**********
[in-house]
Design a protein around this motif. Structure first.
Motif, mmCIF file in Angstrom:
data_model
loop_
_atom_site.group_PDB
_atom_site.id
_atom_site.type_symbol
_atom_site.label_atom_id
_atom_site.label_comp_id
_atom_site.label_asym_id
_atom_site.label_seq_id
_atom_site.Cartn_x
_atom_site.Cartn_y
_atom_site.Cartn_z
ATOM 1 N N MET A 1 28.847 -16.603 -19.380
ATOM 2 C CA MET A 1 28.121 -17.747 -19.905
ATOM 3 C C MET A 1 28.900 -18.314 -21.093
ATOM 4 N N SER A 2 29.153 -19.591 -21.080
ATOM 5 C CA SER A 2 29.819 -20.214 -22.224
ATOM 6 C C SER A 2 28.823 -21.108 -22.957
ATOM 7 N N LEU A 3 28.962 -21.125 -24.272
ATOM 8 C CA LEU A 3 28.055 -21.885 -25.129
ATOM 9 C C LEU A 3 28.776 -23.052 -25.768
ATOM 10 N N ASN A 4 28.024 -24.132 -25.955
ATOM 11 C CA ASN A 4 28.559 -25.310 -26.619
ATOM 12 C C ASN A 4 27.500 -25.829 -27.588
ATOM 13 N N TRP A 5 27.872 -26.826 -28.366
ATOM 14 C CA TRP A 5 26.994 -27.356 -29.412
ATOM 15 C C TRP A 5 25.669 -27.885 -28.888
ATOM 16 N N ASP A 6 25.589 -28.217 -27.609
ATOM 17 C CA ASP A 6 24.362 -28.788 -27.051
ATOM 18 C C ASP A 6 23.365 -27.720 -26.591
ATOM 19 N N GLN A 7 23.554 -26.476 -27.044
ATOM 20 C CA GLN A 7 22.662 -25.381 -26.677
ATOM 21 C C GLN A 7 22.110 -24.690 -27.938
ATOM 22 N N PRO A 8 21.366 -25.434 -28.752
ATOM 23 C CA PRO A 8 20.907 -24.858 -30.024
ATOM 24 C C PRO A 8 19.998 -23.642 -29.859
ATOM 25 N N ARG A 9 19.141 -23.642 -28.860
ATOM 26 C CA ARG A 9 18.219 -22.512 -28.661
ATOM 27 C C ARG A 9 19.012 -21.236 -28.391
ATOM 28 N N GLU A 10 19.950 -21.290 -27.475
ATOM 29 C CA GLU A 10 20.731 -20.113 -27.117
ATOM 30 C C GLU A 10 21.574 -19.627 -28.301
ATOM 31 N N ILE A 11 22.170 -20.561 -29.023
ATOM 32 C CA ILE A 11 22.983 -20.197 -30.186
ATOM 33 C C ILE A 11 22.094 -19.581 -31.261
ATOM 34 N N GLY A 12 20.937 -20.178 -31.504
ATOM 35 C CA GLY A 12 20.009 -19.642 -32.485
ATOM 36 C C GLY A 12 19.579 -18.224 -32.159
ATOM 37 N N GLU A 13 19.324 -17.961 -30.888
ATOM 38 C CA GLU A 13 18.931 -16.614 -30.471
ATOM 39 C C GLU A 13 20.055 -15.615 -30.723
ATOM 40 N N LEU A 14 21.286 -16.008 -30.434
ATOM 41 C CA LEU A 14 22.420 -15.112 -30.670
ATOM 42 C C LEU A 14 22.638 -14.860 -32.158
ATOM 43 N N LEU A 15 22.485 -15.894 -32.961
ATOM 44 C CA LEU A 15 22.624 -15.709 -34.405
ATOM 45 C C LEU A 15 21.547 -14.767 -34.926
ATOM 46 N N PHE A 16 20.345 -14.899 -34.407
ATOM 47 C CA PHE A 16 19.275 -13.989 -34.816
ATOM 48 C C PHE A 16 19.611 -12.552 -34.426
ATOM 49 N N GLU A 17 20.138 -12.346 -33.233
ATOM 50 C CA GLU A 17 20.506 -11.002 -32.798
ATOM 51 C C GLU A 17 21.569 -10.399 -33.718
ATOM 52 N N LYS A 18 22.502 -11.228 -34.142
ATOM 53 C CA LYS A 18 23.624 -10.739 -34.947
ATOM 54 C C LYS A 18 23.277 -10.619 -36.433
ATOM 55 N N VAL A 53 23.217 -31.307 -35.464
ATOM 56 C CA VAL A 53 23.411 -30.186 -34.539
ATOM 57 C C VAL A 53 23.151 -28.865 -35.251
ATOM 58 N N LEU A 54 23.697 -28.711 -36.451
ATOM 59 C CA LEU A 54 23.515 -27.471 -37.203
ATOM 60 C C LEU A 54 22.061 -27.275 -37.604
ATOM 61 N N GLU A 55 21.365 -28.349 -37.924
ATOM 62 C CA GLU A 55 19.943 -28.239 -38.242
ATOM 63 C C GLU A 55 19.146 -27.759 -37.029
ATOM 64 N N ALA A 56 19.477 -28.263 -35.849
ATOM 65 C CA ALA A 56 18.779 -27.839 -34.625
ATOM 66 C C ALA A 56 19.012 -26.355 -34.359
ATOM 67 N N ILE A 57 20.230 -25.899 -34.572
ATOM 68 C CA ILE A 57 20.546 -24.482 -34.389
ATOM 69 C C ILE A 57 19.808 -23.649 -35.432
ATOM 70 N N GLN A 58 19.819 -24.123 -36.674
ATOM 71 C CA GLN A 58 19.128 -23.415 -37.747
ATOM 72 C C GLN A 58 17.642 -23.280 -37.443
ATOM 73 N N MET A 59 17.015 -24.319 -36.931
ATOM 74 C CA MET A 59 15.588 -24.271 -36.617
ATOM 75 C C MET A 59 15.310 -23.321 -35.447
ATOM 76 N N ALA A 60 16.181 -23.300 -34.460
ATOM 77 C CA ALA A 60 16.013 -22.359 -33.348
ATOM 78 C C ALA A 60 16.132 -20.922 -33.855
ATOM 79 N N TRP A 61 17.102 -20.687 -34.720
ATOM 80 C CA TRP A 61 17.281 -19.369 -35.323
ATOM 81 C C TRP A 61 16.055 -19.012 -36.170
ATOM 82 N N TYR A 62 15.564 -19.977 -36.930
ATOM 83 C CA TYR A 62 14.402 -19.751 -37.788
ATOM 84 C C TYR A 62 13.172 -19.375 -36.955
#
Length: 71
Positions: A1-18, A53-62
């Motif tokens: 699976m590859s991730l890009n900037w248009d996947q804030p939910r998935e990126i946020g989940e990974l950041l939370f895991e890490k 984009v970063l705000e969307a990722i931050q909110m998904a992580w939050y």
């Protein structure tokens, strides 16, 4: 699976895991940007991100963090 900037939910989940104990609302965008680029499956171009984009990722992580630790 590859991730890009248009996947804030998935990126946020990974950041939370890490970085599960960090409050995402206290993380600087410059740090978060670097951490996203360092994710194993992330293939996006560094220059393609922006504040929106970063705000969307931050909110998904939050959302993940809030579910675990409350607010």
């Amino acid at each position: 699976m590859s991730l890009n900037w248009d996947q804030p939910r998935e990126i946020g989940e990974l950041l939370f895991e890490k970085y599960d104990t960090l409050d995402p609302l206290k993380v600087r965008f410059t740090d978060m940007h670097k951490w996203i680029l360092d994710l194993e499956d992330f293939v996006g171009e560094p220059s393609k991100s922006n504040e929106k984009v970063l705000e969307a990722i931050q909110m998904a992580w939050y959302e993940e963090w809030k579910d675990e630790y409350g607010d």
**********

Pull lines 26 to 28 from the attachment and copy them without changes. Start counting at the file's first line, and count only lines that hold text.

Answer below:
ATOM 11 C CA ASN A 4 28.559 -25.310 -26.619
ATOM 12 C C ASN A 4 27.500 -25.829 -27.588
ATOM 13 N N TRP A 5 27.872 -26.826 -28.366